Estimated Time of Arrival rail freight to become more accurate
It is up to the terminals now to present their valuable data regarding the arrival times of certain trains. This data is collected and combined with other Estimated Time of Arrival (ETA) figures. Combined, they should result in more accurate predictions on when a train arrives at a certain location.
The above is the aim of the ELETA project, which stands for Electronic ETA. It is one of the projects that was agreed upon during the 2016 TEN-T Days in Rotterdam, when the sector committed to boosting international rail freight by defining ten priority projects. Last week, on Rail Freight Day, the respective committees presented the progress of each of these projects. “Execution of the ELETA is on schedule, targeting completion in September 2019”, the team explained.
Getting on board
“The ELETA project has focused on letting railway undertakings (RU’s) and terminals sign TIS user agreements. Practically all RUs and about 67 per cent of ELETA-terminals have signed the TIS user agreement”, it added. TIS is the platform where data is inserted, combined and calculated. “The TIS user agreement is an eight-pages long document to ensure the parties involved that they only receive the data that applies to their train path”, explained Ad Toet, project coordinator.
Unfortunately, the aim of the document is misunderstood, he continues. “The document is considered to be complicated and legally significant, although it only results in more information for the terminal.” The fact that ETA figures should be more accurate was agreed upon by all stakeholders, according to the project management. “When provided to contract partners, resources such as rolling stock and terminal capacity can be optimised and freight forwarders and shippers can be provided with up-to-date information about the status of their freight and estimated time of arrival.”
Although ETA figures are provided in the industry, the quality and data for the algorithms are poor, the project describes. Most forecast messages are based on time-shifting; for example, if a train is fifteen minutes delayed, the forecast for the continuing train run is a delay of fifteen minutes. “This method is quite rough, but it was the best alternative available”, commented Toet.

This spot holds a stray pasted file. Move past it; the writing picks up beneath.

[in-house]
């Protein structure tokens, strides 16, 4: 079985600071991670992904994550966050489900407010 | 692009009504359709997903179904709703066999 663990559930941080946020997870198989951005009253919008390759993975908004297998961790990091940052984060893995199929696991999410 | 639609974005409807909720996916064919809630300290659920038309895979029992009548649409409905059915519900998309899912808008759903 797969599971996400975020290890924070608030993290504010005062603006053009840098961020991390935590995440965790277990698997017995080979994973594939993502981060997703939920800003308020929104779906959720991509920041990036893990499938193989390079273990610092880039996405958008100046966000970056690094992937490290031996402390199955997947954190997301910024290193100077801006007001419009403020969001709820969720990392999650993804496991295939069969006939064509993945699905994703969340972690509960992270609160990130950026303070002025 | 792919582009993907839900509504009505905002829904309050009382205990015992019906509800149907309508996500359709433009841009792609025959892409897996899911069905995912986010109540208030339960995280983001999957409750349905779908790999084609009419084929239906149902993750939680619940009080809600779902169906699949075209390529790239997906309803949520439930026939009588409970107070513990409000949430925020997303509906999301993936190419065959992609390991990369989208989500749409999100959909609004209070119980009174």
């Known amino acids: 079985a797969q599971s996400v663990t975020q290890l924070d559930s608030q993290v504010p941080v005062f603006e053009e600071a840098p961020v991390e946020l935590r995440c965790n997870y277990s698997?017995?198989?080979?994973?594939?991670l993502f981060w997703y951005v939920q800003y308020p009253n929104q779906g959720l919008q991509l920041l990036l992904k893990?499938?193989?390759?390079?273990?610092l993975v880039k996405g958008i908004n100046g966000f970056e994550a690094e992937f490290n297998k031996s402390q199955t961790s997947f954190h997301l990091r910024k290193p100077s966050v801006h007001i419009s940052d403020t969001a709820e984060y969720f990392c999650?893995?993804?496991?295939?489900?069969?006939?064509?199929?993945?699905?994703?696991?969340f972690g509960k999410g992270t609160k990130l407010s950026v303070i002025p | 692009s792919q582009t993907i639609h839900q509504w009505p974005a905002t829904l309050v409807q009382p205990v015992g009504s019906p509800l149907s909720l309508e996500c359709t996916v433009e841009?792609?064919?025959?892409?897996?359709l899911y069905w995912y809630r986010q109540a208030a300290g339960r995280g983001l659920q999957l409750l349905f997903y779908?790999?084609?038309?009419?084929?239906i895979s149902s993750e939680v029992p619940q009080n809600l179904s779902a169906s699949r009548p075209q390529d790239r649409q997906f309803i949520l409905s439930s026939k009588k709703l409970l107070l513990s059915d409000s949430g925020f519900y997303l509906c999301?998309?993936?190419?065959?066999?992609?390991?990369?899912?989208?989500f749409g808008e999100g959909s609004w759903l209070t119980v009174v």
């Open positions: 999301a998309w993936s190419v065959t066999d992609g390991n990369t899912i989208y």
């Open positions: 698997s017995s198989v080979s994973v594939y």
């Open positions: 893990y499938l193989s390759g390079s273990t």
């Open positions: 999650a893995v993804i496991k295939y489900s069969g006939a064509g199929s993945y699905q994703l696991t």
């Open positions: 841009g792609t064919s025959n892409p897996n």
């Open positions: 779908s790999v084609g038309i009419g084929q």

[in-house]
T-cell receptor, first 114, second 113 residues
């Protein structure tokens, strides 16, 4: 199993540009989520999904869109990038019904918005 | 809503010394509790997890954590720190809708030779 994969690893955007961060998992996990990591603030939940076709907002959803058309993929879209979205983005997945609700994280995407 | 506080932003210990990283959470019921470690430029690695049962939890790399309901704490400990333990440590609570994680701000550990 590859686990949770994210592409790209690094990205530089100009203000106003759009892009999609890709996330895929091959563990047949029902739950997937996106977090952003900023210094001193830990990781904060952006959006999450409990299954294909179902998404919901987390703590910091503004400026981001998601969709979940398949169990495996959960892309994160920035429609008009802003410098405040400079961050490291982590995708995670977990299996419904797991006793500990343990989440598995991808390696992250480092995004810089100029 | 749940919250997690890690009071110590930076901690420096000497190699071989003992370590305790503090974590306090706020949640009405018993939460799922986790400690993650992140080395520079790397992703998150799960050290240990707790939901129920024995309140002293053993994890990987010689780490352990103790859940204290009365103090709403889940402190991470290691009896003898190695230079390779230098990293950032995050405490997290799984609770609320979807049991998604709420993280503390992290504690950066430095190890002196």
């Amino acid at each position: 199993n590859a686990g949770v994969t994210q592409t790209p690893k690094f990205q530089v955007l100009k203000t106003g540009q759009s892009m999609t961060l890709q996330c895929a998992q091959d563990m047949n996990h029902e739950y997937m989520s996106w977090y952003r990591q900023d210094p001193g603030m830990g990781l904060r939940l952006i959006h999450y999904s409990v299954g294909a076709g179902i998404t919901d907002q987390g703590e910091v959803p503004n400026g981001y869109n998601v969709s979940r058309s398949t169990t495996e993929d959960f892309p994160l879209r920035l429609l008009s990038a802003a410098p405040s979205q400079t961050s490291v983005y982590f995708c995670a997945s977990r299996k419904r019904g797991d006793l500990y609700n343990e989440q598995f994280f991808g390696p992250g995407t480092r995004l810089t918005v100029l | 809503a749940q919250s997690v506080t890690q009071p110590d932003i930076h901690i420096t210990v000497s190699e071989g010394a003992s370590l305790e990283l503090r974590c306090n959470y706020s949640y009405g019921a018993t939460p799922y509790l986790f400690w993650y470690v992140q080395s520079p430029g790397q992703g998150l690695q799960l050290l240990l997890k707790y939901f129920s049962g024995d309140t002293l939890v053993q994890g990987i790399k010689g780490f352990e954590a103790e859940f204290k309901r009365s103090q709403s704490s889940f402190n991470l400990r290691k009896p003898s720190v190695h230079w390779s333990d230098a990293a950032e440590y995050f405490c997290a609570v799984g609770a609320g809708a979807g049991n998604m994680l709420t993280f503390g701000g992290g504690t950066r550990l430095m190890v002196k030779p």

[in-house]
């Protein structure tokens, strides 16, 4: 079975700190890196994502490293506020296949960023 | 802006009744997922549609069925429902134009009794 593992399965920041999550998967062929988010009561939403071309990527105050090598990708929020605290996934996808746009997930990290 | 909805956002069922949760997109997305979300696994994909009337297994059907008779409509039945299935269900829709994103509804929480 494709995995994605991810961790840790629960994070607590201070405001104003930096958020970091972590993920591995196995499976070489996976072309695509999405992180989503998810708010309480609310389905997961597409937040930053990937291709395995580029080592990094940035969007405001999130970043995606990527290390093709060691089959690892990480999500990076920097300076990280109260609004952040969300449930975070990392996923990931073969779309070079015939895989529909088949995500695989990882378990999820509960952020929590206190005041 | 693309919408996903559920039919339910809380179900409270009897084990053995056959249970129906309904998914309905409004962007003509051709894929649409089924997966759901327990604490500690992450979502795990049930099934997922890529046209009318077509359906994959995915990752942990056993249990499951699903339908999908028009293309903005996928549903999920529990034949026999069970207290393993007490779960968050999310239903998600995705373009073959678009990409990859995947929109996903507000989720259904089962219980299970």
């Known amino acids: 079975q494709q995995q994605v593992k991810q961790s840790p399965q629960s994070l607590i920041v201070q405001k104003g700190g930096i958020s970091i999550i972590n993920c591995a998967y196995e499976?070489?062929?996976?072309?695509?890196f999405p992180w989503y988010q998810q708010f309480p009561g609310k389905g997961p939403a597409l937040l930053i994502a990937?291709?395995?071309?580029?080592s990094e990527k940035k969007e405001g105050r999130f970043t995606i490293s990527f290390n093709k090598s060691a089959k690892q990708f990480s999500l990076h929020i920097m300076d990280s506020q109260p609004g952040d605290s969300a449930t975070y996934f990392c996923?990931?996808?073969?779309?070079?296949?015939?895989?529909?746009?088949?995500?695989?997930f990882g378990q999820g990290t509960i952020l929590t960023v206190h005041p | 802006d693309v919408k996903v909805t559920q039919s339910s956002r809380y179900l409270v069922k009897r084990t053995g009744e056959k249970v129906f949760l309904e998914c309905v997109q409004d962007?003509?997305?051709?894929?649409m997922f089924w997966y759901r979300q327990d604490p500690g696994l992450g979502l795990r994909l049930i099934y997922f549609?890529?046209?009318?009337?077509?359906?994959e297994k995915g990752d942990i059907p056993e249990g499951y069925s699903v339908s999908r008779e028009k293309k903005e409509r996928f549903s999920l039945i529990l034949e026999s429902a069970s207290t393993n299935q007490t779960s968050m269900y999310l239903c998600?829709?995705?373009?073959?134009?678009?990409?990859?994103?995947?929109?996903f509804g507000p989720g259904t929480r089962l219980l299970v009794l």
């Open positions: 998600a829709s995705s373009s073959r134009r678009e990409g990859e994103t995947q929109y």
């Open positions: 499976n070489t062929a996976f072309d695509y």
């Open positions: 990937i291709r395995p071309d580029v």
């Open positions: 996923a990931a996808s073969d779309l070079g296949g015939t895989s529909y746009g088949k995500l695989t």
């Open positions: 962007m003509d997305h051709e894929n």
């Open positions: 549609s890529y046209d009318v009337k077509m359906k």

More exact data can be calculated by forecast calculators taking algorithms into account, and this is what the TIS platform aims to do. “By using the experiences of previous train journeys and delays from the past, Artificial Intelligence or Machine Learning can achieve a higher level of accuracy”, said Toet.
Currently, only a few infrastructure managers take into account the ETA of their neighbouring counterparts. “To display train running information during a whole train run, sharing of forecast messages is a prerequisite”, the management describes. But here another problem arose: a unique reference number connecting different train numbers to one train run is necessary in order to share train running information. An estimation of all train runs in TIS shows that over 25 per cent are not linked with a reference number.
Currently, there are many trains, which have national train numbers instead of unique international numbers. This results in loss of connections in TIS, where they appears as separate trains. The use of unique train numbering is due to be implemented by 2021. For the duration of the ELETA project, there are alternatives for linking national train’s numbers for the trains in the ELETA project, such as manually or automatically.
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The ELETA project is applied in twelve pilot intermodal trains. Most of these are on the Rhine Alpine Corridor, while another is on the line Ludwigshafen – Barcelona and the connection Rotterdam – Linz – Wolfurt (Austria). The projects involves terminals in the Netherlands, Belgium, Germany, Switzerland, France, Austria and Italy. The customers are the combined transport operators involved: Hupac, Kombiverkehr, Rail Cargo Operator (RCA), Lineas and Mercitalia Intermodal. “The challenge was to derive the relevant data for these customers from the TIS database. Here, we have succeeded”, explained Toet.
Another challenge is the difference in digitalisation levels between the terminals. Whereas some are fully digitalised, others are small-scale terminals where digitalisation barely plays a role. “Digitalisation of terminals in the EU is still in its infancy and ICT systems are not really harmonised. The information ELETA needs from the terminals can be entered via an interface in TIS and from there used again for the ETA calculation. But, best would be if that information can be entered directly into TIS via an interface. We are working on this in the Netherlands and it is being done in Duisburg and Ludwigshafen”, explained Toet.